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Gear and Equipment for the Beginner Turkey Hunter

provided by John E. Phillips

Ronnie “Cuz” Strickland has been hunting wild turkeys for more than 50 years. When he first started working as a videographer for Mossy Oak, Cuz was traveling, filming and calling turkeys for about 72 days a year for many years. Today Cuz is Senior Vice President of Media Services at Mossy Oak in West Point, Mississippi, and still is one of the best turkey hunters ever.

Many turkey hunters look like pack mules because they carry so much gear into the woods to try and help them take gobblers. But I like to hunt light, and the older I get, the lighter I travel when turkey hunting. 

turkey hunting gear


Camouflage is a critical ingredient for successful turkey hunting, and Mossy Oak Bottomland is always a great choice. I often like a pattern with a little bit more green in it like Mossy Oak Green Leaf or Obsession. However, if you’re a northern hunter, the woods may not have any green in them in the early season, so you may choose Bottomland. Camouflage is a big deal in turkey hunting because to get a turkey really close, you need to be almost invisible. When you’re turkey hunting, you don’t have to have a pop-up blind or a half blind, you just have to look like the woods and be camouflaged from the top of your head to the bottom of your boots – including a camo head net, camo gloves, camo pants and shirt and camo boots. The legs of my turkey-hunting pants are longer than the pants I normally wear. Then when I sit down, my pants legs won’t come up and show the tops of my boots and socks and alert a turkey of my presence.



You also need a quality turkey vest that includes a comfortable cushion to sit on, lots of pockets and a big game bag in the vest’s back to carry your turkey. A cushion is so important because when you sit down to call a turkey, you may be sitting there for a long time. If you happen to sit on a root or a pebble, you won’t be able to sit still for very long. So, the more comfortable you can get, the longer you can sit still and not move. You need lots of pockets in your turkey vest for shells, insect repellant, a wide variety of calls, a bottle of water, a sandwich, some snacks, pruning shears and maybe even a folding saw that you can use to create a natural blind.


turkey calling

My number-one recommendation for a call for a beginner is a single-side box call. You can go to YouTube on the web and type in, “How to Use a Box Call to Call Turkeys,” and there will be hundreds of videos available to teach you everything you need to know about calling turkeys with a box call. Those videos will show you how to chalk your box call and prevent it from squeaking when you’re walking through the woods. 

Personally, I’m a volume turkey caller; I want a call that’s soft enough to bring in a turkey 60-yards away and just out of sight, but strong enough that I can call loudly on it, and a turkey can hear it from 200 yards away in blowing wind. One reason, like I said yesterday, that calling turkeys is a little overrated, is because if you’ve done a really good job of scouting, and you know where the turkeys are, all you really have to do to take a turkey is be at the place before the turkey gets there. 

Often, newcomers to the sport of turkey hunting will tell me, “I don’t believe my calling is good enough to bring in a turkey during hunting season.” Well, I’ve seen people take turkeys with some of the worst sounding calls you’ve ever heard, and I’ve also heard turkey hens make some of the most god-awful calls you’ll ever hear, and a gobbler will walk right to the hen.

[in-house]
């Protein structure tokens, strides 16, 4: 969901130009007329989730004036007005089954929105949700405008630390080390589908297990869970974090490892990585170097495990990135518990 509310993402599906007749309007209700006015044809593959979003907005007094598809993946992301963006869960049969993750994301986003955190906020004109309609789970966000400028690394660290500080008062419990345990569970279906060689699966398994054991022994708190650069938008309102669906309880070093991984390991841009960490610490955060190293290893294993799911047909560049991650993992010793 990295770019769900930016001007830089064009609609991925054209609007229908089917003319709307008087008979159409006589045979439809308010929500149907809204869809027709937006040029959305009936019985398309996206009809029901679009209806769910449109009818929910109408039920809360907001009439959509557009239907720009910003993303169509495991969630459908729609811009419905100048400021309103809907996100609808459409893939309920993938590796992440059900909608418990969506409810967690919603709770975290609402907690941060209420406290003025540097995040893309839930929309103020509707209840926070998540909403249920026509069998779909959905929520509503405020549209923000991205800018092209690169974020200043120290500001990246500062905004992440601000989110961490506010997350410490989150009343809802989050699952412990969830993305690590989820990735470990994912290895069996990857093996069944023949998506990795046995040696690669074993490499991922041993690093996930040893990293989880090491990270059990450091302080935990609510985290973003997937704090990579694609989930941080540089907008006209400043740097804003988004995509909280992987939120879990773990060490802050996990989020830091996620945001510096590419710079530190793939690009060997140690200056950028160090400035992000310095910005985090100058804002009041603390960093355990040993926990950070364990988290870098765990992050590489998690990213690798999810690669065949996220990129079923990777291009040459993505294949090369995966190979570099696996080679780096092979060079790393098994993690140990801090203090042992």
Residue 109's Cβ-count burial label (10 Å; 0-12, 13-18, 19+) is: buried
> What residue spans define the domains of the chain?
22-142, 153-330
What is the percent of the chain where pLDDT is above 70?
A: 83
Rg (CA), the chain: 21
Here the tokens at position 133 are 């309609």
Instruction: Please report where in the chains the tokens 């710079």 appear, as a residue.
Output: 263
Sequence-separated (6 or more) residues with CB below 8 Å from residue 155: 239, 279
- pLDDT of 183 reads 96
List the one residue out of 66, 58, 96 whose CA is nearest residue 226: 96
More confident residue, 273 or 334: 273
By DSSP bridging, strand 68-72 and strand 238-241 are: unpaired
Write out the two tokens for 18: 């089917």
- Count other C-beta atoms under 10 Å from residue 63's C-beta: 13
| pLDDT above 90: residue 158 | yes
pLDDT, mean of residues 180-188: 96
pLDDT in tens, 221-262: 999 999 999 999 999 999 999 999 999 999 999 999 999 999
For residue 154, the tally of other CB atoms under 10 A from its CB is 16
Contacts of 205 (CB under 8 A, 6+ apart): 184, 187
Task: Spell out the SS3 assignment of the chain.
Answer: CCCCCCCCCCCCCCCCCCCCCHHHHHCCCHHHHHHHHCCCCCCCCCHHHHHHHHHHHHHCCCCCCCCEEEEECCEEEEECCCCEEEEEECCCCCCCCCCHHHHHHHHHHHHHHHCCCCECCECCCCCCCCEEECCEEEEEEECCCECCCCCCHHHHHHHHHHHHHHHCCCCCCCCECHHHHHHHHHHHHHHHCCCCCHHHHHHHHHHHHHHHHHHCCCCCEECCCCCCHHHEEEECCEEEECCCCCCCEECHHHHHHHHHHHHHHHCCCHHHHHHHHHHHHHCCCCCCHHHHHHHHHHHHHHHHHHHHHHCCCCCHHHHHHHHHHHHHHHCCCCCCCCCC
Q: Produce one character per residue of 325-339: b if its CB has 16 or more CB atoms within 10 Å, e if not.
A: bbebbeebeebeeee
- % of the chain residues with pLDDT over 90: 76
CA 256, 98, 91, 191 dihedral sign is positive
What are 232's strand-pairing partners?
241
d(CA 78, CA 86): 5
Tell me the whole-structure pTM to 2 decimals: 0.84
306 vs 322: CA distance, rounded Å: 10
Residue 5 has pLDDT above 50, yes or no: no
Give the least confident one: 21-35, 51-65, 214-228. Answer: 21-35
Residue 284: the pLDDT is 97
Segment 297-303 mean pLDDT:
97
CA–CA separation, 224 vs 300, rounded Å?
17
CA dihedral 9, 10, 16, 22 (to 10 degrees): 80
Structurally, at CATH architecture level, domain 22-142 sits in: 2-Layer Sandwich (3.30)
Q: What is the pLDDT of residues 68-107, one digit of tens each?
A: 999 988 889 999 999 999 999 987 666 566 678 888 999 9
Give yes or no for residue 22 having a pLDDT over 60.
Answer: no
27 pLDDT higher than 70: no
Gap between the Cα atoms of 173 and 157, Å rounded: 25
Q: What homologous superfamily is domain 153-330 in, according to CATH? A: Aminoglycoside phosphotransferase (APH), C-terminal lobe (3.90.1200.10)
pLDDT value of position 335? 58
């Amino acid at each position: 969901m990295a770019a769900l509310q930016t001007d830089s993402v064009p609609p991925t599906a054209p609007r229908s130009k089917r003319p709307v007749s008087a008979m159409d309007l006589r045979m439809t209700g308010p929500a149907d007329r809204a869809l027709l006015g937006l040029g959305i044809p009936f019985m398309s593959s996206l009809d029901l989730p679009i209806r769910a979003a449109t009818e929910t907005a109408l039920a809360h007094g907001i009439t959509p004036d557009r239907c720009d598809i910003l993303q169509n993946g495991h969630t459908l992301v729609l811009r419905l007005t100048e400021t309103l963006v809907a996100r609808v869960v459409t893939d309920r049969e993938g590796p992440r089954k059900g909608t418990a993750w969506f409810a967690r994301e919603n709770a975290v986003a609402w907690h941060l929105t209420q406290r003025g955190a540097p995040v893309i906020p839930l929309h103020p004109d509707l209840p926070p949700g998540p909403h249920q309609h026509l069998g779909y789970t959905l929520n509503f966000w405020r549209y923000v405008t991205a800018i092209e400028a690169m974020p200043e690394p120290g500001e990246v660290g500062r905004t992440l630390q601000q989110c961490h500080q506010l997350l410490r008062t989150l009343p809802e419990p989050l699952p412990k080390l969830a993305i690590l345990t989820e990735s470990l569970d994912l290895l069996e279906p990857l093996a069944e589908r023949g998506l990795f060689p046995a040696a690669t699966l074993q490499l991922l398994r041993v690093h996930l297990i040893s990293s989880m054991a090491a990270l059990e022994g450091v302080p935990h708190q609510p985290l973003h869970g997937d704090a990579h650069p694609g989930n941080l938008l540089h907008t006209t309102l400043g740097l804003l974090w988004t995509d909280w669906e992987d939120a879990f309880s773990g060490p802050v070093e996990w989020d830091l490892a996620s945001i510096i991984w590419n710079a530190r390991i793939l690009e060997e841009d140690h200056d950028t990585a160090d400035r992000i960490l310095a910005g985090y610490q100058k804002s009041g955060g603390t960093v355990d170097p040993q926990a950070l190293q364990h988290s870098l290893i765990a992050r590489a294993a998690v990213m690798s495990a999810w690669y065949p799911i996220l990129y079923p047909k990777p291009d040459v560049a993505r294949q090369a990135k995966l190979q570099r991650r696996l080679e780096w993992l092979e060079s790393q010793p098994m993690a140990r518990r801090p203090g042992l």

I like to shoot a 3-inch, 20-gauge shotgun, and I’m strongly considering the possibility of using a .410-bore turkey gun. I like a quality turkey choke, like JEBS turkey choke, that drastically will increase the range of your shotgun and Apex turkey loads, so a person can kill a gobbler at 50 yards. I don’t like to shoot that far, but I know what my gun will do. 

In today’s turkey world, the days of shooting a 10-gauge turkey shotgun with No.4 shot are over. Apex Ammunition has titanium in it. Instead of shooting No.4 or No.6 size shots, I shoot No.8 or No.9 shot. That Apex shot penetrates a turkey’s head or neck area much better than the lead shot I once used. I especially like my 20-gauge shotgun because it’s lightweight, easy to carry and will down a turkey as far as I want to try to shoot one. 

Another advantage that a beginner turkey caller can have in choosing a shotgun to shoot is having a turkey scope. I’ve called-up turkeys for other hunters for five decades, and I’ve seen them miss the turkeys they’re trying to take. One of the most exciting events in all of hunting is watching a wild turkey gobbler walk in to where you’re sitting and come within 30 yards or less of you. Most turkey hunters get so excited that they don’t aim properly before they squeeze their triggers. I’ve got a 1.5X turkey scope on my 20-gauge turkey gun. When I take new hunters who never have bagged a turkey before hunting with me, I ask them to use my shotgun. They can look through that scope and put the crosshairs right on the spot of the turkey’s neck that they want to shoot. 

If the gun you’re shooting doesn’t have a camo finish on it when it comes from the factory, you may want to get some camouflage tape to tape all parts of your shotgun to totally camouflage it just like you are. Turkeys have keen eyesight and can see anything shiny when they’re moving through the woods. For that reason, you want to make sure that not only your gun is camouflaged, but that you’ve pulled your sleeves down, so that the turkeys can’t spot a glint off your watch.


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